In the Pak household, as the school year progressed and we would all get entrenched in our daily studies, no matter how exciting our topics might be, each day would begin to blend into the next. We would find ourselves looking for a way to shake up our schedules and break away from the mundane. We found that each month shared something in common worth celebrating—a holiday. As each holiday came upon us, we questioned what to do with it!

Over the course of a few years, we found that each holiday deserved a small topical study of its own, and while some are simple and have a minor amount of history behind them, some have so much history they had the potential to become a larger unit study if we had the time. There are many kinds of secular and unofficial holidays, such as Labor Day and Clean Up Your Room Day (May 10 for those who want to mark their calendars!).

To illustrate how a unit study for a holiday works, let’s use Independence Day as our example. In the United States, Independence Day is also called The Fourth of July, for an obvious reason—that’s when it takes place! Now we will take each subject area and see how it relates to the topic. Some subjects will be utilized more heavily than others and some perhaps not at all.

History: There is so much written about the topic of America’s independence that tracking down the history will not be hard. In addition to articles found on the Internet, your local library should have books in several age ranges. You will want to encourage your child to identify what was happening in history that led up to each event, as well as the outcome. In this case, it was the desire of the people of the thirteen colonies to become free of British rule that led to a Revolutionary War and the signing of the Declaration of Independence.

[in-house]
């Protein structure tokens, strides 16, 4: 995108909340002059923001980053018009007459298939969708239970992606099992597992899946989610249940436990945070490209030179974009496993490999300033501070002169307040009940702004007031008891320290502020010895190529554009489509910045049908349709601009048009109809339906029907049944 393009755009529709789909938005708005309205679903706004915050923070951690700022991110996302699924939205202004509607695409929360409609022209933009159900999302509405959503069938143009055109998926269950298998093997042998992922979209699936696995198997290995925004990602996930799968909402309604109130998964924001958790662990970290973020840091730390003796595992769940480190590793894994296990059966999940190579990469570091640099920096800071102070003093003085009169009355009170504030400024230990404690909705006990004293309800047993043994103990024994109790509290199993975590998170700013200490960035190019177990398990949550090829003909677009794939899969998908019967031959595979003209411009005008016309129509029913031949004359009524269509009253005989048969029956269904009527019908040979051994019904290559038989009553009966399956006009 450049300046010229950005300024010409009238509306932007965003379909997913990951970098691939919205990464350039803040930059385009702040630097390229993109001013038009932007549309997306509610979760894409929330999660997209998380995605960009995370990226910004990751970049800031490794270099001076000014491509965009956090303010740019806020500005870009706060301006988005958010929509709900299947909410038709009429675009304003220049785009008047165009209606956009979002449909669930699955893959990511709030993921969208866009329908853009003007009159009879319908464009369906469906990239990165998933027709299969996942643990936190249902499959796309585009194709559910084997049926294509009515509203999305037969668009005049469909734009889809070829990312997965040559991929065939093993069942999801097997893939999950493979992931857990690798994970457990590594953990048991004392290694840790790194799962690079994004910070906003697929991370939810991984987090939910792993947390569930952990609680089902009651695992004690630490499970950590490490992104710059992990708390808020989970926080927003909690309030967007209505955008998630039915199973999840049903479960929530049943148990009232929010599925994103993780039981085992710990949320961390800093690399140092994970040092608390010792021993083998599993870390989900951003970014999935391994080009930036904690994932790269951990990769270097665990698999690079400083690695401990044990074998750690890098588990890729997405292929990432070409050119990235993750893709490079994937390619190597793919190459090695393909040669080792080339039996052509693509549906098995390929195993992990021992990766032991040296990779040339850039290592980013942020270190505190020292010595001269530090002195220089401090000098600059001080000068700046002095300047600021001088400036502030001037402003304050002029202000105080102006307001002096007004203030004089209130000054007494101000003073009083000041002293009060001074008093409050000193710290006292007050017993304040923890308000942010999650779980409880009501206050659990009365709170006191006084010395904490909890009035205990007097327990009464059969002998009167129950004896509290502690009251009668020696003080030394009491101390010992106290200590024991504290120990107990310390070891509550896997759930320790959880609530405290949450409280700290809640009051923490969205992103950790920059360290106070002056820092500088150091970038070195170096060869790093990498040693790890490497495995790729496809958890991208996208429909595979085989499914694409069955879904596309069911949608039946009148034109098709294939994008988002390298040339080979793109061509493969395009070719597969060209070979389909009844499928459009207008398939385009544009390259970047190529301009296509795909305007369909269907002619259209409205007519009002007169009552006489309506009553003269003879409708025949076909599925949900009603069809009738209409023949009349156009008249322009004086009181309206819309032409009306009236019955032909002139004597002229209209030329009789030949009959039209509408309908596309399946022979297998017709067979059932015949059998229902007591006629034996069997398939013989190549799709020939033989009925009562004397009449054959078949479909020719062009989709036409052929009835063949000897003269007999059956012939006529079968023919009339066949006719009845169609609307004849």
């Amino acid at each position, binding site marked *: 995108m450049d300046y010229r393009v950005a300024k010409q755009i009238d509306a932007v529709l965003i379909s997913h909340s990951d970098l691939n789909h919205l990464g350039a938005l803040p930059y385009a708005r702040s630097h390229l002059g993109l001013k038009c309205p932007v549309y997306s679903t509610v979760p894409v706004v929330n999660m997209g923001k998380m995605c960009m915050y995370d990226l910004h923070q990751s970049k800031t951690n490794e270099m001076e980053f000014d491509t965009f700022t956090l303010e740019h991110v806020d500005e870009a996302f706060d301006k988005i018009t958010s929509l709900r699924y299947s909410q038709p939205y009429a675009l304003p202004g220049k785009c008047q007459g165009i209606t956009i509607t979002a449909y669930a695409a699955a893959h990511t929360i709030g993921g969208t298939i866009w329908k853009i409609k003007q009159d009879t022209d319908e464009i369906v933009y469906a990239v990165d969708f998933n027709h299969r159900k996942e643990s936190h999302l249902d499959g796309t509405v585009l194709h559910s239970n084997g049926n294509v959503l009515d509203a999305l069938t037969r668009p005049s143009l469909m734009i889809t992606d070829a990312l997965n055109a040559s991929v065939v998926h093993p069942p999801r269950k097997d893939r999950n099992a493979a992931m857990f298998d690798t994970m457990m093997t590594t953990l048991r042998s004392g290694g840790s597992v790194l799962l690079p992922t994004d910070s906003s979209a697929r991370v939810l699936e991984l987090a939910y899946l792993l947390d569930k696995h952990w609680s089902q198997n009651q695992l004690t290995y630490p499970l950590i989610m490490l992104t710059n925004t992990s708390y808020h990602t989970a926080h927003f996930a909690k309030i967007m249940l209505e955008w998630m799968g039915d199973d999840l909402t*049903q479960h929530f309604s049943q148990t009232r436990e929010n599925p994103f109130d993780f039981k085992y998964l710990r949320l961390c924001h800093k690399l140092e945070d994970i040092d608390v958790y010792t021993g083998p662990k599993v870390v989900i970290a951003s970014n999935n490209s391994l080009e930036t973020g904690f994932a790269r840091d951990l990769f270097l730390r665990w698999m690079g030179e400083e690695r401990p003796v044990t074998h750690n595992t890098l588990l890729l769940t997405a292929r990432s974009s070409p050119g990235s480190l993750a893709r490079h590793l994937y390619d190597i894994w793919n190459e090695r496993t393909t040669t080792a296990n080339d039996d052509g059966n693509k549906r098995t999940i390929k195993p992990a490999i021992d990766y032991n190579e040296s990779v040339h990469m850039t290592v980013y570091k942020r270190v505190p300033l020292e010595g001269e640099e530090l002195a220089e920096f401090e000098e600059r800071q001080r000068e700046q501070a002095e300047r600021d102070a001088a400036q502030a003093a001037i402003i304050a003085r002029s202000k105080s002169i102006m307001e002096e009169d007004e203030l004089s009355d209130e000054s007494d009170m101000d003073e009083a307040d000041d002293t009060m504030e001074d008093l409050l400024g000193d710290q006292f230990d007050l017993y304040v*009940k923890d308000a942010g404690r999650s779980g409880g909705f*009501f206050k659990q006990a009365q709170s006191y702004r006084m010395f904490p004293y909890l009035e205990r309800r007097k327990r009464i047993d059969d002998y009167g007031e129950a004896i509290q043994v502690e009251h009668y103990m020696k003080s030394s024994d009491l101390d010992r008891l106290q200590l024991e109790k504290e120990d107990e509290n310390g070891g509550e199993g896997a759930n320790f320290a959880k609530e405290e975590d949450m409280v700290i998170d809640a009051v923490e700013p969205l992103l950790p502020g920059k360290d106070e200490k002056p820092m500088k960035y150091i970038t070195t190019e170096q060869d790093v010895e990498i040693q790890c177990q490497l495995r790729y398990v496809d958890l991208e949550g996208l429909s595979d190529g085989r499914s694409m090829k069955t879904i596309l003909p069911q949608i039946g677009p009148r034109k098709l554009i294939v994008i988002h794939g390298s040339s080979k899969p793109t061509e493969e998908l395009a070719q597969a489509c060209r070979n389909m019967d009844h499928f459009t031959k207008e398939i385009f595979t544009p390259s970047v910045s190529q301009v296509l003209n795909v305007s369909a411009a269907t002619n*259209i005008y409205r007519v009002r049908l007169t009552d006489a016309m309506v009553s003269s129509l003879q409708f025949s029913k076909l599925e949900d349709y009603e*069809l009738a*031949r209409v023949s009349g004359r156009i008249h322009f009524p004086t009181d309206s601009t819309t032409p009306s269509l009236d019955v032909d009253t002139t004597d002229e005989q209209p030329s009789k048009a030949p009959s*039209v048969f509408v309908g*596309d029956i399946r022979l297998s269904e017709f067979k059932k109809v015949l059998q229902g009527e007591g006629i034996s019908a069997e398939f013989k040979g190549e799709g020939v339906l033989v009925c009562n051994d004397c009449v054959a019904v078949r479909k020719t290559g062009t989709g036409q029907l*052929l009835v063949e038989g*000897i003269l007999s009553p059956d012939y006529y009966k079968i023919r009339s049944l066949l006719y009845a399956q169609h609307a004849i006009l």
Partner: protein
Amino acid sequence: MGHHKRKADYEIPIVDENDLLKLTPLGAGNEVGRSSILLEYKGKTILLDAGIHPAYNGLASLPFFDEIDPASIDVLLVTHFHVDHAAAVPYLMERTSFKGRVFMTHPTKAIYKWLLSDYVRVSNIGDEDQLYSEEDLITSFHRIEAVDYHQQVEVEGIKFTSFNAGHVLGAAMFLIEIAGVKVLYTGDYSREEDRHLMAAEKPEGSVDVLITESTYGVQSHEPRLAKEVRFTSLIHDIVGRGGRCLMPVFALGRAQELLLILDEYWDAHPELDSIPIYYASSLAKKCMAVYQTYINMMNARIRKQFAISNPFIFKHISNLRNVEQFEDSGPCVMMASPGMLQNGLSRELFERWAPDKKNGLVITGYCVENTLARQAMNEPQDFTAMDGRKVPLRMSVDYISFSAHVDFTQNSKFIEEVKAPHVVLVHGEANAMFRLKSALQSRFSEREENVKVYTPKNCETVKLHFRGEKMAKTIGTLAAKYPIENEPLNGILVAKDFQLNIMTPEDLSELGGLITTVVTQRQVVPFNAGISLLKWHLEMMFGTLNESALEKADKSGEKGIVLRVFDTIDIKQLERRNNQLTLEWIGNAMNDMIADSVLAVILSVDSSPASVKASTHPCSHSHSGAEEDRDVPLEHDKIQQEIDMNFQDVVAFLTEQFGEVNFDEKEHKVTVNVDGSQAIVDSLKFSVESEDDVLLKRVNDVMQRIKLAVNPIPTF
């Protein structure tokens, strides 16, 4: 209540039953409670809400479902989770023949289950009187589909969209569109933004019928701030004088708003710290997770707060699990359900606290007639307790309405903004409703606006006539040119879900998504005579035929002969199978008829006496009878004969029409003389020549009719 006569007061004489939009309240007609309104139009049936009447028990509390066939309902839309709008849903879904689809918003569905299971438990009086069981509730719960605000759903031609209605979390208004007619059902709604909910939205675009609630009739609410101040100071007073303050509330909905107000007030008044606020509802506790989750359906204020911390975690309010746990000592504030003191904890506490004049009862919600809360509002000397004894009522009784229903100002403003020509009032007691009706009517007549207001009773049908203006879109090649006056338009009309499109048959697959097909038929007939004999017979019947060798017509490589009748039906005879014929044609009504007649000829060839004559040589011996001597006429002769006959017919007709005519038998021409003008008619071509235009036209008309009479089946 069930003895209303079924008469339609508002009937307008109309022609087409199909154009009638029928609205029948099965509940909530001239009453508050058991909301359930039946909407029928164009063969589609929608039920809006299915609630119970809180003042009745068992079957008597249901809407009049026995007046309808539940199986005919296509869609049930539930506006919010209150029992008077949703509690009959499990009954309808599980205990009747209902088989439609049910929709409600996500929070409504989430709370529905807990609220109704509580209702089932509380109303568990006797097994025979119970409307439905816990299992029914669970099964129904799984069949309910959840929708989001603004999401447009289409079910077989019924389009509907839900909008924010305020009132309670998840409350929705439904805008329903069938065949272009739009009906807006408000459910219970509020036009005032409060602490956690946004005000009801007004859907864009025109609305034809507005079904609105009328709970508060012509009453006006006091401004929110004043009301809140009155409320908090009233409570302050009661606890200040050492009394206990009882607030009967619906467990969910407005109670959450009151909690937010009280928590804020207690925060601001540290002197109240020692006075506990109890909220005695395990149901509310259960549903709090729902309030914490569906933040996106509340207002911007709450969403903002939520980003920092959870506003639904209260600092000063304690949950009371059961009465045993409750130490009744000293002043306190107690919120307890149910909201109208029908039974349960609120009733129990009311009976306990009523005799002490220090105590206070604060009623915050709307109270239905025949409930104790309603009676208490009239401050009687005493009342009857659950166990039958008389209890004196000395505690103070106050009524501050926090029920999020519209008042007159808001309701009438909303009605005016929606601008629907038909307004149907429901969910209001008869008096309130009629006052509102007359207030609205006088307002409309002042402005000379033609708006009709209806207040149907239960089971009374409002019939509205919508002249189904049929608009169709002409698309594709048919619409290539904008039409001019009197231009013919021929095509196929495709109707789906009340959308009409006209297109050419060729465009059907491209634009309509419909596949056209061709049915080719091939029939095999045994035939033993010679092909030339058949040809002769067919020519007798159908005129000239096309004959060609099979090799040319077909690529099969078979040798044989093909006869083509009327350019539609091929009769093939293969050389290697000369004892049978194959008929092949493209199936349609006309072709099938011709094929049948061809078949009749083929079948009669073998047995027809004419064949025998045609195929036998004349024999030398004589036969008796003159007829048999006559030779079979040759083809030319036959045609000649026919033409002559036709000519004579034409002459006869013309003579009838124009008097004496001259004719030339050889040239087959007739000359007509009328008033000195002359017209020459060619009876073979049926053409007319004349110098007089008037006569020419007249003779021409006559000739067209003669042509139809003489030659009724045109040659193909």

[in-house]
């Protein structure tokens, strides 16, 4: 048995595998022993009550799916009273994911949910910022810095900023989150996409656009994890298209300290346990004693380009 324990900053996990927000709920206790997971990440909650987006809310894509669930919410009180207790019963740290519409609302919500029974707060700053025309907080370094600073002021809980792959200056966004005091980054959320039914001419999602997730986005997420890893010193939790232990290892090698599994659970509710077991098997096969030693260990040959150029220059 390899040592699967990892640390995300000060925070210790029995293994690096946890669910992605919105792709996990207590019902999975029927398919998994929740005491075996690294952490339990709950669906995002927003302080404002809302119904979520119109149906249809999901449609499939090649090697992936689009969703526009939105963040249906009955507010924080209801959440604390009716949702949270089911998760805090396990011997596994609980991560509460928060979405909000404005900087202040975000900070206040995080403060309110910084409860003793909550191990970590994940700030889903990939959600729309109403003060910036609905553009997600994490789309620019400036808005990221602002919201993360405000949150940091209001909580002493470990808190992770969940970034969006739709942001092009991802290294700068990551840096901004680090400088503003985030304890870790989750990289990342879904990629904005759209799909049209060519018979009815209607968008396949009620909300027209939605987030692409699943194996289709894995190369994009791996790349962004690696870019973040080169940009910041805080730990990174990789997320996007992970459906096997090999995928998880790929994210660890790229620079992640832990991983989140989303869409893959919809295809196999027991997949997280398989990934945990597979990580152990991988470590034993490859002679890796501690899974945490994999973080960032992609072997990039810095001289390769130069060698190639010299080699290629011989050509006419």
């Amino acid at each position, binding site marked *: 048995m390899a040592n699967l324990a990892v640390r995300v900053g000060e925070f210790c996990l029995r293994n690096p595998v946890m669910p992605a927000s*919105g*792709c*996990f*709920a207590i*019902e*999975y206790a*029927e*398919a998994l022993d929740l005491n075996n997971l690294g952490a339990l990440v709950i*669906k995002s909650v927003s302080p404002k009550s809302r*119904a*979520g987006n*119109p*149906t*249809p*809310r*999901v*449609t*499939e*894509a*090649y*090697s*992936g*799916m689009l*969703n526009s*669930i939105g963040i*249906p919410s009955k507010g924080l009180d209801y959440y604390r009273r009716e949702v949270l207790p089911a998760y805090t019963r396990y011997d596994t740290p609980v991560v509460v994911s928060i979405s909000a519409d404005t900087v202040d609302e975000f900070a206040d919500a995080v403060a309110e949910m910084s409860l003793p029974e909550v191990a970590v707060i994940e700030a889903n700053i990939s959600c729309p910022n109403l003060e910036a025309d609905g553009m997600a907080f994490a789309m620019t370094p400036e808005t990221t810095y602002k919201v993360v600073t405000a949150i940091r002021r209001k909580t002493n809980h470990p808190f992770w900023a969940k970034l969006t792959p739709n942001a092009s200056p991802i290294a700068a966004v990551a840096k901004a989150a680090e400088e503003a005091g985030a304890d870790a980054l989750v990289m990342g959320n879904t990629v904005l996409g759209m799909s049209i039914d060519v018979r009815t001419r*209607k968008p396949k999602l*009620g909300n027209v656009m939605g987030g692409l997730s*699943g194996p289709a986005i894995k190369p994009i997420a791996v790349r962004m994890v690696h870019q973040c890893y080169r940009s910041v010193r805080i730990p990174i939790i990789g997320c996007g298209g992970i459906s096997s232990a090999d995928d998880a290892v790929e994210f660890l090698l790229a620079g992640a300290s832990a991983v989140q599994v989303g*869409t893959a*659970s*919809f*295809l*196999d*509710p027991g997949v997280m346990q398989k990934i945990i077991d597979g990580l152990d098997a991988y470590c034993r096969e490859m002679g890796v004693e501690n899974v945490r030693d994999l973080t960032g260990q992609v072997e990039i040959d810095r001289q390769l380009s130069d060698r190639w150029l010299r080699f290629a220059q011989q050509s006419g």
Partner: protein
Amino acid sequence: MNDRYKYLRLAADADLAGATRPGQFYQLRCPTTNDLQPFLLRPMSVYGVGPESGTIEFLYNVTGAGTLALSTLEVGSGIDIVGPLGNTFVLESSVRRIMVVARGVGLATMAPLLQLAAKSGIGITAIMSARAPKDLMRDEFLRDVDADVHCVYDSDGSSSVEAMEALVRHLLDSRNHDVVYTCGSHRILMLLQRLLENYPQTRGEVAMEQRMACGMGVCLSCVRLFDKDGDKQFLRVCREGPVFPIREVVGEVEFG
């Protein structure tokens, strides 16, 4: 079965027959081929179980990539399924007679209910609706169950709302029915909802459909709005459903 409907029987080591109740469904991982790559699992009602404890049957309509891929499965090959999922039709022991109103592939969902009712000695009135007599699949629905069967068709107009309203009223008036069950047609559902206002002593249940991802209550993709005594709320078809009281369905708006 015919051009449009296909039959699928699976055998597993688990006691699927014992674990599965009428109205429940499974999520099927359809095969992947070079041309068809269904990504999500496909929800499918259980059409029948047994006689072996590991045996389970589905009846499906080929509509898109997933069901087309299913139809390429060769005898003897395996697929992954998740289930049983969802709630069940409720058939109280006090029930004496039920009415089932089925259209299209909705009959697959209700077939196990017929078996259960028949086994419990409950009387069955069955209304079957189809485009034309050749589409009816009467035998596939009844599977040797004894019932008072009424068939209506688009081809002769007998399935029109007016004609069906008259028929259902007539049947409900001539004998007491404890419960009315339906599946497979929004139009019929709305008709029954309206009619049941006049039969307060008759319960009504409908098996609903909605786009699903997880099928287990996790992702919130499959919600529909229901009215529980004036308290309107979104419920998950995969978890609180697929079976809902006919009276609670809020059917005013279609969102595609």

You can also study the history of how and when that date transitioned from an anniversary to an actual federal holiday. You may wish to include video and audio media for learning as well.

Geography: Incorporate maps of the colonies and the date when each one was granted statehood. You might want to focus on Philadelphia, Pennsylvania, as that was where the Declaration of Independence was signed and the Liberty Bell was rung.

Science: One thing is highly associated with Independence Day—fireworks! How do they work? Where are most of them manufactured? Research the chemistry of a variety of fireworks and learn how to make your own sparklers!

Health: Talk about the dangers of handling explosives. If you choose to focus on the American Revolution in your unit study, there are many ways to incorporate studies of health issues and medical practices during the war.

Bible: Many of the Founding Fathers were strong Christians and believed that the hand of God was prevalent in determining their path to create a new nation. However, modern writings have not only diluted facts, but they also have rewritten history to give a distorted view of these men and their faith in God. Show and read aloud the words of the men themselves, and point out their reliance on God to lead and protect them.

Physical Education: Include a study/survey of games of the Revolutionary War period, such as tag, hopscotch, marbles, horseshoes, and bean bags. Have the children dress up and reenact battle scenes.

Music: A number of patriotic pieces have been composed since the inception of the United States, many of which are played at parades and celebrations. Some of the most popular include “The Star-Spangled Banner,” “Yankee Doodle,” “My Country ’Tis of Thee,” and “America the Beautiful,” to name a few.

Art: Emanuel Gottlieb Leutze’s “Washington Crossing the Delaware” and John Trumbull’s “Declaration of Independence” are examples of well recognized images. Art can also be covered with crafts and projects your child creates! Have your child stitch a small flag or make a papier-mâché version of the Liberty Bell. There are many scenes that can be portrayed by the creation of a diorama, or perhaps your map of the colonies could be made out of salt dough.